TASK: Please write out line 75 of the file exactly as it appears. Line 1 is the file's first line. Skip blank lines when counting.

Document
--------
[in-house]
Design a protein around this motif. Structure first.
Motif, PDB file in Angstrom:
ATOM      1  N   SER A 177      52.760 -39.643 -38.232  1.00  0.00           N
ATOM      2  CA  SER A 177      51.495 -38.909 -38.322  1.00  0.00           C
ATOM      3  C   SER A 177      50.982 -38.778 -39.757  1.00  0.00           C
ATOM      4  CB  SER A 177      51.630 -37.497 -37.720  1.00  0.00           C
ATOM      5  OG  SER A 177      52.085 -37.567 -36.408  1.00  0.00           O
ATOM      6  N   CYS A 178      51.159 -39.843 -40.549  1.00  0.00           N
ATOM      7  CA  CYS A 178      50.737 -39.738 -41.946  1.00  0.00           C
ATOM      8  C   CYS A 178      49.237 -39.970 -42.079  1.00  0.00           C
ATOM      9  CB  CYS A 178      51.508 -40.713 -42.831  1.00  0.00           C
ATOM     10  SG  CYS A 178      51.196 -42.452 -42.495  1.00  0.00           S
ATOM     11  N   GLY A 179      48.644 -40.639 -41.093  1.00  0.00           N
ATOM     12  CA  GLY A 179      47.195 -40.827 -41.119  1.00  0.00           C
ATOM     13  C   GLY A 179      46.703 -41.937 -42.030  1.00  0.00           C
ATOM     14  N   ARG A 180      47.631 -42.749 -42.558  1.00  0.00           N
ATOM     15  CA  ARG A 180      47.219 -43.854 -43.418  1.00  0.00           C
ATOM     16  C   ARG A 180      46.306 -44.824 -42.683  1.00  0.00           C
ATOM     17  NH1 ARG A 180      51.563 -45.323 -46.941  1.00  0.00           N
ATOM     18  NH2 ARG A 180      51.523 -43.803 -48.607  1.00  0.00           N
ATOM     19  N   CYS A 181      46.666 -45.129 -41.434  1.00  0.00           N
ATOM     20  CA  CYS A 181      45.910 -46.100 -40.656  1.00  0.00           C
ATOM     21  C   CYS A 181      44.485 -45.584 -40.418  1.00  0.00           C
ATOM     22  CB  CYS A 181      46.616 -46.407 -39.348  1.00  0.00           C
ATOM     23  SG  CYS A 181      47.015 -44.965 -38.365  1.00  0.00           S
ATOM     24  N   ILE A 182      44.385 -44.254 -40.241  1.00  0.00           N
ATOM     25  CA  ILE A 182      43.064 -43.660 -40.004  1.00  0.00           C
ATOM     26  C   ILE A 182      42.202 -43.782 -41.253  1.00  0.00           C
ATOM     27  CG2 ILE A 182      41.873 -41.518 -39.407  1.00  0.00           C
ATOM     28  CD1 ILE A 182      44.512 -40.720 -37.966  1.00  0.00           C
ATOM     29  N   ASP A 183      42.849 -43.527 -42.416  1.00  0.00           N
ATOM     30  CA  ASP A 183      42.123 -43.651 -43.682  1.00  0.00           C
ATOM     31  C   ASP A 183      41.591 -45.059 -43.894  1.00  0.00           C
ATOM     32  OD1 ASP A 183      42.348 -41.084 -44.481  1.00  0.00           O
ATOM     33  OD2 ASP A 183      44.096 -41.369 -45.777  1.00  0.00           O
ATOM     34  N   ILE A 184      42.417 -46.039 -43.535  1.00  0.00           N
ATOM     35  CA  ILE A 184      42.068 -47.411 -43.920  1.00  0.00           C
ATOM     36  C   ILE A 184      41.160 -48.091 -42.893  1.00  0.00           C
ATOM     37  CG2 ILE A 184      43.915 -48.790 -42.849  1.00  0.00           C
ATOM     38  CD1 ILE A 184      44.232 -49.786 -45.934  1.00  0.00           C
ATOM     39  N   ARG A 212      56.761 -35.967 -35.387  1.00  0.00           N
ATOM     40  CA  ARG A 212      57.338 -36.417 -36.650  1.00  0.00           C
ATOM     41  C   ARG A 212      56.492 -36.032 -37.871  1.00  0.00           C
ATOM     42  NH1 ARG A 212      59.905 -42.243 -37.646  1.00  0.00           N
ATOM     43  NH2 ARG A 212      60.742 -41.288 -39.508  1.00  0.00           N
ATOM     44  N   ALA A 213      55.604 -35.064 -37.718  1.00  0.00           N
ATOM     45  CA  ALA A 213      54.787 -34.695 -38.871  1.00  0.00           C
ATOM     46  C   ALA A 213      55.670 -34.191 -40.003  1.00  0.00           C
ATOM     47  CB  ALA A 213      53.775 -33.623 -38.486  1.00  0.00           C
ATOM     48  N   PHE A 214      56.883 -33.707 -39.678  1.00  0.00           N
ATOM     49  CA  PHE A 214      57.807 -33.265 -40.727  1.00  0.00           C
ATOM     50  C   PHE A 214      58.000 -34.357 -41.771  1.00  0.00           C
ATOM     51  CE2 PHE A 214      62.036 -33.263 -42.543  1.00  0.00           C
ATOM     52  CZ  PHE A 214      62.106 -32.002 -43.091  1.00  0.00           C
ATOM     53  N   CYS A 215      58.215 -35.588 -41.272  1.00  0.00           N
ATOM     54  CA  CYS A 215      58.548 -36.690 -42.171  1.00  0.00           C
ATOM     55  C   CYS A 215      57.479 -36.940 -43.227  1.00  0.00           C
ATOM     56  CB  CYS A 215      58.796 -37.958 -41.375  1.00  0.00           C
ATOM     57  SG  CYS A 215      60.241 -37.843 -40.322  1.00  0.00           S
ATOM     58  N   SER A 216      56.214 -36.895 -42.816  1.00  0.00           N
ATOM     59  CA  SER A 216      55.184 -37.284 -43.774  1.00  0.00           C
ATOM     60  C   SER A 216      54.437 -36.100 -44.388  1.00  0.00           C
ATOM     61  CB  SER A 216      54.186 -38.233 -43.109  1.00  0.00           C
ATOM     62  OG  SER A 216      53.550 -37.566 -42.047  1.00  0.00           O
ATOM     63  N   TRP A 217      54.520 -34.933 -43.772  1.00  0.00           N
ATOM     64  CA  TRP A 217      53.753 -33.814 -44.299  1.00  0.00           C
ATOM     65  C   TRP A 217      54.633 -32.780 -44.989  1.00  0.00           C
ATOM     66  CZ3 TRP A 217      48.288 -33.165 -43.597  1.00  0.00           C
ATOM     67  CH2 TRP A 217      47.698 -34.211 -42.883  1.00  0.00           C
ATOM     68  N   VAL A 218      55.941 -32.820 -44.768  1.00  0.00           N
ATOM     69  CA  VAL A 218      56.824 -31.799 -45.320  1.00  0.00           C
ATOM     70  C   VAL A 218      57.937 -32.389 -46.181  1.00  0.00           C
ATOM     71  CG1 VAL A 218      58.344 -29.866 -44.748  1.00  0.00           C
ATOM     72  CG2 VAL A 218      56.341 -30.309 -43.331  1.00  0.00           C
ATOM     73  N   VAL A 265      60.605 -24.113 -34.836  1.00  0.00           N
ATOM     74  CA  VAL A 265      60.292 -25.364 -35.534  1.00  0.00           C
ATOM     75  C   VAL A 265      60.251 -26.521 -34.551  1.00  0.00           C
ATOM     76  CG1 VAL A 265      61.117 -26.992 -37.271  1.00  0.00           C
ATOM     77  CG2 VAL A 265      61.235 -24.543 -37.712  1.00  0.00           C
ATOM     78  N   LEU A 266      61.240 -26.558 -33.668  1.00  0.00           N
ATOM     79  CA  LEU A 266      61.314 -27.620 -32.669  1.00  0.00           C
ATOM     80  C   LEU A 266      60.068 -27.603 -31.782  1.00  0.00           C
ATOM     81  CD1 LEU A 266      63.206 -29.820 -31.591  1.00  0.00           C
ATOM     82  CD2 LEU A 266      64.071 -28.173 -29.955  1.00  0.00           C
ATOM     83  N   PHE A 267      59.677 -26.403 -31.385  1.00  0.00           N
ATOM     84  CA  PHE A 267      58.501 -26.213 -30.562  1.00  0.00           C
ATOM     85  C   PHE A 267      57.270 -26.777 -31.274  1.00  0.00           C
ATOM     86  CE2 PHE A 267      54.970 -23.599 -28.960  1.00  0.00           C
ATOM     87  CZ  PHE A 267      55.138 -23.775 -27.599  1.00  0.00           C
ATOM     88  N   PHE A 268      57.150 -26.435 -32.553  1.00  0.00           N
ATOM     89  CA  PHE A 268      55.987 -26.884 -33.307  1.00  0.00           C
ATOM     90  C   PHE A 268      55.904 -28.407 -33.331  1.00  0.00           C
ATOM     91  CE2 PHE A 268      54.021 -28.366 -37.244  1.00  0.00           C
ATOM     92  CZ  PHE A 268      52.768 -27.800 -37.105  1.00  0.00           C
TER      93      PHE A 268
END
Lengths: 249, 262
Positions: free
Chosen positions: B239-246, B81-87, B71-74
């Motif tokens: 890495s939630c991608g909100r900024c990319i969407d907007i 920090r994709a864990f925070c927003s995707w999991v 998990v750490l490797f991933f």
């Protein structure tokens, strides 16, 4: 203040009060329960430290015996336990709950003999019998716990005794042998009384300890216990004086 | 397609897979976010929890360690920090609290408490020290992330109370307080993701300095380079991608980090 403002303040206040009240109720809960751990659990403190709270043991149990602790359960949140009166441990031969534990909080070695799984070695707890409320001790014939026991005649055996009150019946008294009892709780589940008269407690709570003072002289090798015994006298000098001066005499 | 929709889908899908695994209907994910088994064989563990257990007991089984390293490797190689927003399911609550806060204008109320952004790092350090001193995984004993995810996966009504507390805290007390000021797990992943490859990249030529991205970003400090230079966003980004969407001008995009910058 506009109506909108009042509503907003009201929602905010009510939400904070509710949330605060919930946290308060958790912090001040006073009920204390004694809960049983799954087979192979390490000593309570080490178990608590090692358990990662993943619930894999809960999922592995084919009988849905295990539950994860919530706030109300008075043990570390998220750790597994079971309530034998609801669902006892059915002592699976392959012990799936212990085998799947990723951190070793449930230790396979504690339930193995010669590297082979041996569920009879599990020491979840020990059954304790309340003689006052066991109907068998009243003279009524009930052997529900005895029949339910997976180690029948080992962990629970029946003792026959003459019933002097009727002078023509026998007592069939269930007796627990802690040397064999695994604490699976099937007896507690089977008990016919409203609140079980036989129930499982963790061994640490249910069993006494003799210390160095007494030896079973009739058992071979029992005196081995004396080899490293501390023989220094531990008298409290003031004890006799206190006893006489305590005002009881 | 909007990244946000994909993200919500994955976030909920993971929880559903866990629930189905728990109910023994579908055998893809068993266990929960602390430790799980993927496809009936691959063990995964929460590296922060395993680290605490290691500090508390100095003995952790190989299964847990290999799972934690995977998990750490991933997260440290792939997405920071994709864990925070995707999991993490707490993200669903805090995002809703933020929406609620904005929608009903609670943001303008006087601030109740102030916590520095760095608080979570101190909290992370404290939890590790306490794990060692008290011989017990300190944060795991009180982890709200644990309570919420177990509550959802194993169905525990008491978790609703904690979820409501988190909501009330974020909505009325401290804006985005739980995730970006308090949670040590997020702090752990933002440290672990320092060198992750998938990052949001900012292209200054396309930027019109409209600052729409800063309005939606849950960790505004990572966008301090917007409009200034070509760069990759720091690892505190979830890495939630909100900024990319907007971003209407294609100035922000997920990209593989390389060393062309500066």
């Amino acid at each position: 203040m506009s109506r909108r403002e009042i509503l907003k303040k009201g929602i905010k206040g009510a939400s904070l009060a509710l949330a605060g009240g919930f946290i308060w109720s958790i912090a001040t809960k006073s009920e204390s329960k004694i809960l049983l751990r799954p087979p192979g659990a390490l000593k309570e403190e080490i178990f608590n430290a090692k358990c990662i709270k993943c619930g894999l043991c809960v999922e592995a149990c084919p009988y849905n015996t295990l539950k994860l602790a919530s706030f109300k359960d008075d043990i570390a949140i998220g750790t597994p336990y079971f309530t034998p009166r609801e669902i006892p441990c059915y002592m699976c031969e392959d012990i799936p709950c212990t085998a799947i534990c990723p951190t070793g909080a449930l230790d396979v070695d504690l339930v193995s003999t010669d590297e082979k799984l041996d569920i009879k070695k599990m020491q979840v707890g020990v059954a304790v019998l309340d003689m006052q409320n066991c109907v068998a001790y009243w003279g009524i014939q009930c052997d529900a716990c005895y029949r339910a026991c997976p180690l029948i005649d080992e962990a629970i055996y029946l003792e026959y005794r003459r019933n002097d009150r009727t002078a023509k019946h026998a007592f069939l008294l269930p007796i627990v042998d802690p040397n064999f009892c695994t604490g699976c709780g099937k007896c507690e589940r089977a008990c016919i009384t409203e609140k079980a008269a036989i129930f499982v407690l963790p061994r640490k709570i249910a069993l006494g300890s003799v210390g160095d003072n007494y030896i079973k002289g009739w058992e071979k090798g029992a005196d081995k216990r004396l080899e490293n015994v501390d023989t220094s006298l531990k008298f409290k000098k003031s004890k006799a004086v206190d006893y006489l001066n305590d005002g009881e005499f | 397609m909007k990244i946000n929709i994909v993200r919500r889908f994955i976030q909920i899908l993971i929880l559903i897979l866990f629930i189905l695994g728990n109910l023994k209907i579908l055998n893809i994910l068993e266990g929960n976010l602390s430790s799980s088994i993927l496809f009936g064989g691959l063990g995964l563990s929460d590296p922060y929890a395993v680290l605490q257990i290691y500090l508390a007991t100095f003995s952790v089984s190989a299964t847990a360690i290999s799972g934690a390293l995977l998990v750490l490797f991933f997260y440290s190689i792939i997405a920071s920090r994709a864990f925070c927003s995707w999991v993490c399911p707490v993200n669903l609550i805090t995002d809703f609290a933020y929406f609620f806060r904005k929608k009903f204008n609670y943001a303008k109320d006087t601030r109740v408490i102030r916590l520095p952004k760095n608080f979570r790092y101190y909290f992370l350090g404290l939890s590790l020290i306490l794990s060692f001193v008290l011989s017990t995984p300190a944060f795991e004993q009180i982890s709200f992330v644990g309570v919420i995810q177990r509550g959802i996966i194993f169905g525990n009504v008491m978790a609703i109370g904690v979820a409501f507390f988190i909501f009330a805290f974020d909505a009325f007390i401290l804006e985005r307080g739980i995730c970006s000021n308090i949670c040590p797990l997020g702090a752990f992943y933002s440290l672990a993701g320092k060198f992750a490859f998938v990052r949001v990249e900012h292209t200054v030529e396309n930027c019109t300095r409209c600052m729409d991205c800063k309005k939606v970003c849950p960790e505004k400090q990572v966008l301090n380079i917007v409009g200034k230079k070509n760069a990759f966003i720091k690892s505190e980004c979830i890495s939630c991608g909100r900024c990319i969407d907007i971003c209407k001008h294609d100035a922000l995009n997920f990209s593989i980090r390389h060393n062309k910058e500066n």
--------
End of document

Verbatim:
ATOM     72  CG2 VAL A 218      56.341 -30.309 -43.331  1.00  0.00           C